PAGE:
Star Wars Jedi Knight: Jedi Academy Re-released for Sony PS4 and Nintendo Switch Allows Cross-Play with PC

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SW Jedi Knight: Jedi Academy
Image Credit: LucasArts

Star Wars games reached some pretty lofty heights at the turning of the millennium. In 2003 the franchise achieved multiple wins with fans. From Star Wars: Knights of the Old Republic to Jedi Knight: Jedi Academy players flocked. It was a different time back then. Many modern consoles were barely into their 1st or 2nd generation. Meanwhile PC enthusiasts were in a golden age of technology. There were more GPU vendors than you could shake a stick at giving PC users unprecedented choices for their builds. As the years went one things changed and many games came and went. Along the way though some were kept alive in the PC community long after being abandoned. In recent years, though, a number of properties have been revived. One such is Star Wars Jedi Knight: Jedi Academy.

Another topic that comes up with titles released to multiple platforms is cross-play. Much to the dismay of players this option may not be supported from specific manufacturers. Turns out that the newly re-released SW JK: JA kept that feature in play. According to an article over at PC Gamer both PS4, Switch, and PC players are able to connect with each other. Evidently the game uses a direct-connect approach to the IP’s of the consoles. Even though those addresses are unlisted this method allows PC’s to join the servers. Normally this might be a reason to rejoice. However console players new to the game are encountering PC counterparts who have had 17 years of experience. At first some believed the PC community were taking advantage of features not available to the consoles.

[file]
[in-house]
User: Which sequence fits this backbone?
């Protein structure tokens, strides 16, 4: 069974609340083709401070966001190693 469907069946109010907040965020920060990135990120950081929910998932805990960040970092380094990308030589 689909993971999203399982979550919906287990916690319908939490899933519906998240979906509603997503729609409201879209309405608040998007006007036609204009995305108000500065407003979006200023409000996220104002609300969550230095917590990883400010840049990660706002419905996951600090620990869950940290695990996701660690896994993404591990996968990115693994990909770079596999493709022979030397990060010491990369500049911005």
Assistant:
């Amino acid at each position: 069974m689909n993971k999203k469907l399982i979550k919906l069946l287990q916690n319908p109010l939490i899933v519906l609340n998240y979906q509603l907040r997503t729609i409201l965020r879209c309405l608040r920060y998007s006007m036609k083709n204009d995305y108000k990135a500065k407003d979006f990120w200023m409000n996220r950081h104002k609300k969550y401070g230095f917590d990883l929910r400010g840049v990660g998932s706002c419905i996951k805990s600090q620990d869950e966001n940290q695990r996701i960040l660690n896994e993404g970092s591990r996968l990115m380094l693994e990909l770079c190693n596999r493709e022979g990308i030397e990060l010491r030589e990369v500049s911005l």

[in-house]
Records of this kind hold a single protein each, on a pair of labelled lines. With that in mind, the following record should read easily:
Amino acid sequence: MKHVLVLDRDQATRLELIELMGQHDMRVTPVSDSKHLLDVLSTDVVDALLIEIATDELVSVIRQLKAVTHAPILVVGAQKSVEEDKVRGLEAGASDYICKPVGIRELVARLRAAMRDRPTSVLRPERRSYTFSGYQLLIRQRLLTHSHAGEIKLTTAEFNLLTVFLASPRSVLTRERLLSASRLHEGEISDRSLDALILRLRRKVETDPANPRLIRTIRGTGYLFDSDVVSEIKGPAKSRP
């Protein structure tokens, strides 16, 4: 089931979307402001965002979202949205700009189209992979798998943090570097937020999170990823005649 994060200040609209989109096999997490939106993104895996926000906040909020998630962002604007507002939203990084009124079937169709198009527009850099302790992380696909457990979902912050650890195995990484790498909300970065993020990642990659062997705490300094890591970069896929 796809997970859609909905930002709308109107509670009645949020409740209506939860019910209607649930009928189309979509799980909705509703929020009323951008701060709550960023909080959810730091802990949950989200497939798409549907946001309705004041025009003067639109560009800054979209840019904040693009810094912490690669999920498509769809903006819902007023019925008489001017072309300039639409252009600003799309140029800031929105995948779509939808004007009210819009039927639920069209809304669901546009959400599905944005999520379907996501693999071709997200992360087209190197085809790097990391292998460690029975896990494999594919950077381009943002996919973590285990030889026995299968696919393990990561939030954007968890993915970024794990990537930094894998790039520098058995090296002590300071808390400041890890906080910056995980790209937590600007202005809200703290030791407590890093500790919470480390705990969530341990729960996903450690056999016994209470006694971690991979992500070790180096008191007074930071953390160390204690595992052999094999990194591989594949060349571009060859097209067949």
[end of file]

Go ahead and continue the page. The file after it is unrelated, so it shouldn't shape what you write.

Cheat codes to the rescue?

This in turn has created a toxic and volatile environment on all sides of the fence. It has even led to someone over at Aspyr to posting the game’s version of the Konami code to perhaps level the playing field. Many question that approach and instead have suggested that they simply patch the game to address this issue.

Peter Brosdahl
As a child of the 70’s I was part of the many who became enthralled by the video arcade invasion of the 1980’s. Saving money from various odd jobs I purchased my first computer from a friend of my dad, a used Atari 400, around 1982. Eventually it would end up being a lifelong passion of upgrading and modifying equipment that, of course, led into a career in IT support.

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